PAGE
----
Those who have lost dogs or pets know how unsettling it feels. I've noticed so many 'please find my lost pet' posters (especially for cats) stuck on lamp posts, both in TO and Montreal. On Sunday's L, R, R, L excursion I took shots of the below poster whenever I saw it. My heart went out to the pet owner, Heather (and to Molly), whenever I saw another Molly poster stuck on a lamp pole. They seemed to be everywhere. I didn't even take shots of each one I saw. So those featured below must be only a percentage. Clearly Heather had roamed the area, possibly with the help of friends, sticking up her plea.
Sara and Dara in the background taking photos (I think this stretch was our last R ... almost back home)N.B. Woman on right of lamp post walking her dog
Tuesday, August 4, 2009
(Canada chronicles continued ...)
On Sunday I attended the housewarming (apartment-warming) of my friend Dara and her partner Sara. It was a lovely night of their friends, light music, eats, drinks and great conversation which stretched into the early morning when guests dwindled away. I was spending the night, so S, D and I stayed up chatting until we couldn’t keep our eyes open any longer.
Later that morning we woke up, had breakfast and headed out with our cameras. As we had no particular destination in mind, I introduced them to a ‘game’ I had devised in Trinidad but had only ever used with the car (not on foot).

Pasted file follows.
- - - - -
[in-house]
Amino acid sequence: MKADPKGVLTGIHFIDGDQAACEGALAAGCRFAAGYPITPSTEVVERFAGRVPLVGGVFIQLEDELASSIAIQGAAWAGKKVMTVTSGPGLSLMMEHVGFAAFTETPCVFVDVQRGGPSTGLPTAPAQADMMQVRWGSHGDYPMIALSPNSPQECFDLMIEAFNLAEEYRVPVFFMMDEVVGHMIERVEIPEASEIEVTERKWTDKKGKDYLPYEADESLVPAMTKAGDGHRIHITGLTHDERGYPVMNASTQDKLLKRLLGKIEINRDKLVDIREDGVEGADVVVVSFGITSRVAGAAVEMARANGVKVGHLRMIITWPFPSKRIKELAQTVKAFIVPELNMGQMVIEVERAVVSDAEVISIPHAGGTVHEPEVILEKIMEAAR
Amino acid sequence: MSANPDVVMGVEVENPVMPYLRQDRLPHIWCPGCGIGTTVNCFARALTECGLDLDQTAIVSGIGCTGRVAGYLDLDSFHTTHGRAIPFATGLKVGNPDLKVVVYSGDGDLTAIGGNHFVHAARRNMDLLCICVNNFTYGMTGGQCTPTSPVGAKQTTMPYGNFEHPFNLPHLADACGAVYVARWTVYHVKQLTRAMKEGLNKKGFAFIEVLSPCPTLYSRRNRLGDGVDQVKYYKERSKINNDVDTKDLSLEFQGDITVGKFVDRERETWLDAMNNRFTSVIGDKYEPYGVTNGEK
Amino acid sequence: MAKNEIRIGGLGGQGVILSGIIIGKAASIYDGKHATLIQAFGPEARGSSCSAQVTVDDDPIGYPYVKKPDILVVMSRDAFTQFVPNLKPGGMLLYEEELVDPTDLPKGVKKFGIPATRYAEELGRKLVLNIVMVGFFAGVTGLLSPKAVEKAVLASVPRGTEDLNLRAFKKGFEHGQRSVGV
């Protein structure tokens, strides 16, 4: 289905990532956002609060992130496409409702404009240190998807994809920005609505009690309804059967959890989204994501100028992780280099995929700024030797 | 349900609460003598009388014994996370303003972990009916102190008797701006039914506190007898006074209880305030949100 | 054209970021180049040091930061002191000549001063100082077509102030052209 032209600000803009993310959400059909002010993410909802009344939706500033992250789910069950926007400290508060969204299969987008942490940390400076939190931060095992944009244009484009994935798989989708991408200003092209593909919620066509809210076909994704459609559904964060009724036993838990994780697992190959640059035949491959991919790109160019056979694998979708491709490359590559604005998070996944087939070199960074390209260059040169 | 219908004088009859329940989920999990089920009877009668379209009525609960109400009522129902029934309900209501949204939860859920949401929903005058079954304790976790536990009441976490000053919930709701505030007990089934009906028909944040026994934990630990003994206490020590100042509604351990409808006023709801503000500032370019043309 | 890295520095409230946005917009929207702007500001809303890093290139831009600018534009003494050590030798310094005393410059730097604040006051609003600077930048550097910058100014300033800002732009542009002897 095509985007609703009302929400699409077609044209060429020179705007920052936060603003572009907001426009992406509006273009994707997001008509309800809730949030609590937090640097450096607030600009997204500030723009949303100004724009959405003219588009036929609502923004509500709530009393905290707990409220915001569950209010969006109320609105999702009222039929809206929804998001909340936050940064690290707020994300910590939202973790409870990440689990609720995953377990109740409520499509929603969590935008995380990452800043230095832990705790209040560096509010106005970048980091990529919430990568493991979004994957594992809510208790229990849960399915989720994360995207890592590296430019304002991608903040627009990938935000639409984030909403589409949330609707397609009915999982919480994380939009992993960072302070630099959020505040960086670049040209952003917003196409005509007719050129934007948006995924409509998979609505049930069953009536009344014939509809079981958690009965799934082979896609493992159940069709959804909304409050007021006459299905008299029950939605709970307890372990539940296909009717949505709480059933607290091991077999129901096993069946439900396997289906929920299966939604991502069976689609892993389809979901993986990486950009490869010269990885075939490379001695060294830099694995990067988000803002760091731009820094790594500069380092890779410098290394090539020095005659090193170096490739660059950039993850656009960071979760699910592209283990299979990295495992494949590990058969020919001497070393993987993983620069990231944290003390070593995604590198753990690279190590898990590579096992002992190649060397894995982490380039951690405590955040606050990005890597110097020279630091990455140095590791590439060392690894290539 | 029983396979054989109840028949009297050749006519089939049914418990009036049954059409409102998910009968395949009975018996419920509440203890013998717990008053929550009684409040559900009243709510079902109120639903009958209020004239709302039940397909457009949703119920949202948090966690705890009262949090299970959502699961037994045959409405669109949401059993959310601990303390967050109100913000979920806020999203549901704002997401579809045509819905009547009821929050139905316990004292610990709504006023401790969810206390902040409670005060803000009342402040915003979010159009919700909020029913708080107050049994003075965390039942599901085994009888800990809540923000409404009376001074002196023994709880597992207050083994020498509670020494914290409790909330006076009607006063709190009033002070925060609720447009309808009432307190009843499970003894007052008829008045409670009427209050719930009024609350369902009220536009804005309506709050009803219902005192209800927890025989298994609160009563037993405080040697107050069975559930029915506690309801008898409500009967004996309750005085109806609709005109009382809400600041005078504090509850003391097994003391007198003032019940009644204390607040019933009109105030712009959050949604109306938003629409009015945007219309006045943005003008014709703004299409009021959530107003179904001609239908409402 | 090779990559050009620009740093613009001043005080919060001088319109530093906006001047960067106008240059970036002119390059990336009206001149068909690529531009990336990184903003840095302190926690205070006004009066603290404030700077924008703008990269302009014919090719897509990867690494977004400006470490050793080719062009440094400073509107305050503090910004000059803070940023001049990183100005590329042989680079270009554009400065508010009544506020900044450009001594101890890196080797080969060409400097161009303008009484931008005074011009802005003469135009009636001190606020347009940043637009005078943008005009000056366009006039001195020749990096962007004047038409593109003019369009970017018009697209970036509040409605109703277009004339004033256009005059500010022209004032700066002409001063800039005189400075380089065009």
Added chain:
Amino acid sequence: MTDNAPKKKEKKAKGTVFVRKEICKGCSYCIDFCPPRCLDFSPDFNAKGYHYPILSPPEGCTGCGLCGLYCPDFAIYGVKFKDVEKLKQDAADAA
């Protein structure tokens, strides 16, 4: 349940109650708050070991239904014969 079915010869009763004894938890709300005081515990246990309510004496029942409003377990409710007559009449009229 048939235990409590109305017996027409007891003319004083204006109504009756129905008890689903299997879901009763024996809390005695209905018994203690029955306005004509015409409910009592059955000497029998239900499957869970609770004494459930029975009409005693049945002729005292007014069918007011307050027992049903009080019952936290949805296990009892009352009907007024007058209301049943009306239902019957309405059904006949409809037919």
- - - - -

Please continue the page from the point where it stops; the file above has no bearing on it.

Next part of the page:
You write an equal number of L (left) and R (right) on pieces of paper, shake them up, choose one by one and write out the order in which they appear.
E.g. You could end up with L, R, R, L, R … etc.
Once you step out of your door (or from wherever you decide your starting point will be), you follow the directions, heading down the first open street (i.e. no dead ends) that is on your Left or Right (as per the directions). The fun part is seeing where you end up eventually. However the way there is just as intriguing, especially on foot.
Our mission this particular time was to each take photos of whatever things captured our attention along the particular left or right road we were on.
What was interesting about the directions we ended up with … was that they led us around S & D’s neighbourhood and the final R (right) turn brought us right back home to their apartment!